By We Need a Law
Surrey, British Columbia – On October 11th, the International Day of the Girl, 50,000 pink flags will be planted in a Surrey, B.C. park. Tabitha Ewert, legal counsel for We Need a Law, the advocacy group hosting the event, hopes the event will draw attention to an injustice facing girls in Canada.
“We talk often about women’s rights, and equality rights, and abortion being a quote-unquote ‘woman’s right’,” Ewert said, “but we have to deal with the fact that abortion disproportionately targets baby girls. Abortion is not about a woman’s right to choose – it is about taking away a child’s right to live, and it makes a statement about the value, or lack thereof, that we place on women in Canada when we allow sex-selective abortion.”
Several research studies over the past few years have shown an imbalanced birth rate in Canada, with boys outnumbering girls in a ratio that cannot be explained naturally. Earlier this year, a study headed by Dr. Susitha Wanigaratne and published in the Journal of Epidemiology and Community Health showed a significant imbalance in the boy-girl ratio in South Asian communities.
Researchers point to sex-selective abortion, which is allowed in Canada, as a contributor to this imbalance. Naturally, about 105 boys are born for every 100 girls. In South Asian families with two girls and one or more reported abortions after that, the ratio shifts to up to 280 boys for every 100 girls. There is no elevation in boy birth rates when no abortions are reported.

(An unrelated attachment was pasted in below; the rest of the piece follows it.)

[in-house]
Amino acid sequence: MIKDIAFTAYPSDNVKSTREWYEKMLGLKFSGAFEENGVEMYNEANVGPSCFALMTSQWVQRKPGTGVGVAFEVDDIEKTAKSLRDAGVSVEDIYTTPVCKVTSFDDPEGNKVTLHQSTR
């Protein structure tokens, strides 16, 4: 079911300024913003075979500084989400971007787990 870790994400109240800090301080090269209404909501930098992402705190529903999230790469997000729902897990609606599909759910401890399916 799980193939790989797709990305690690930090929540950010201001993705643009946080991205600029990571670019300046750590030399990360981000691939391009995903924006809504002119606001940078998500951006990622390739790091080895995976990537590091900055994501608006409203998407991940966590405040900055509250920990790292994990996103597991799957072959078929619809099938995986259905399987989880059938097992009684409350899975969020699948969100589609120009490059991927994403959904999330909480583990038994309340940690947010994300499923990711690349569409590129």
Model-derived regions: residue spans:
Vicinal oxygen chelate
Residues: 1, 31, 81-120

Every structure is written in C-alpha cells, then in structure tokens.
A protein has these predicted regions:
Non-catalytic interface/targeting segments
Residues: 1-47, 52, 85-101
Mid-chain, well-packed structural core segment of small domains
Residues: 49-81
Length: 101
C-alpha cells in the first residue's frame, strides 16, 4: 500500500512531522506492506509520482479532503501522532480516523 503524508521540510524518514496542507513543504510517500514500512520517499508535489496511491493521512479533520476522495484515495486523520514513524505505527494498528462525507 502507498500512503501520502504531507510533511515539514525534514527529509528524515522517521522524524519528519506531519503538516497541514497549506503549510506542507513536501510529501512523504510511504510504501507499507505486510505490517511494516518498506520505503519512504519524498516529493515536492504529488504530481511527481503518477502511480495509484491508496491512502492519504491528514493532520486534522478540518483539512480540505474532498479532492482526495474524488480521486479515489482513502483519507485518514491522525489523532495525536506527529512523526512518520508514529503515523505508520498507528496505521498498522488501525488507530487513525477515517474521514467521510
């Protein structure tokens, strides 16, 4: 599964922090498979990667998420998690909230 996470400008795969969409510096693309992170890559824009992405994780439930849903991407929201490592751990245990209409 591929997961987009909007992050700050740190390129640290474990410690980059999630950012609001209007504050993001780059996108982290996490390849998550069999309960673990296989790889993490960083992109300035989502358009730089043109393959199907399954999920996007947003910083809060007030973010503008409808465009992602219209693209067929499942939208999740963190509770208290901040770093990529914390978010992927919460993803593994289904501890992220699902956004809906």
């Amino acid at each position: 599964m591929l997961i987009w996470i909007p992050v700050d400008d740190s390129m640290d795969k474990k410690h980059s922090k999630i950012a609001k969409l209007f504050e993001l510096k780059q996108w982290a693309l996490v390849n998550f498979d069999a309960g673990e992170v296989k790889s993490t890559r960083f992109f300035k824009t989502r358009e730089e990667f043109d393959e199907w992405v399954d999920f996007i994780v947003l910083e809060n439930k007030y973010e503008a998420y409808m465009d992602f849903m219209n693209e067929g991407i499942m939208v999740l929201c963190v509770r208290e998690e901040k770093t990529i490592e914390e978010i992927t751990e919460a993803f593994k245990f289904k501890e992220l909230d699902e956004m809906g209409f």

It was initially thought that sex-selective abortions in South Asian communities would decrease with the next generation. This most recent study, however, confirms that second-generation South Asian women, born in Canada, continue to show this preference for boys.
Manvir Bhangu, a co-author with Wanigaratne of the 2018 study, told the Globe and Mail, “These biases are deeply rooted in our culture.” As executive director of Laadliyan Celebrating Women, Bhangu is passionate about promoting the value of girls and women, as she often encounters women who continue to face pressure from their families to have sons.
Ms. Ewert also pointed out the inconsistencies in Canadian law as it pertains to discrimination based on gender. “The Assisted Human Reproduction Act prohibits sex-selection when it comes to in vitro fertilization. But once the embryo develops into a fetus, sex-selection is freely allowed in Canada.”
“Polls show that more than 90% of Canadians are opposed to the idea of sex-selective abortion, and we hope drawing attention to this issue will encourage politicians and those who vote for them to make this a priority issue,” said Ewert. “Pre-born children are being killed simply because they are girls, and we need to draw a line that says this is not okay.”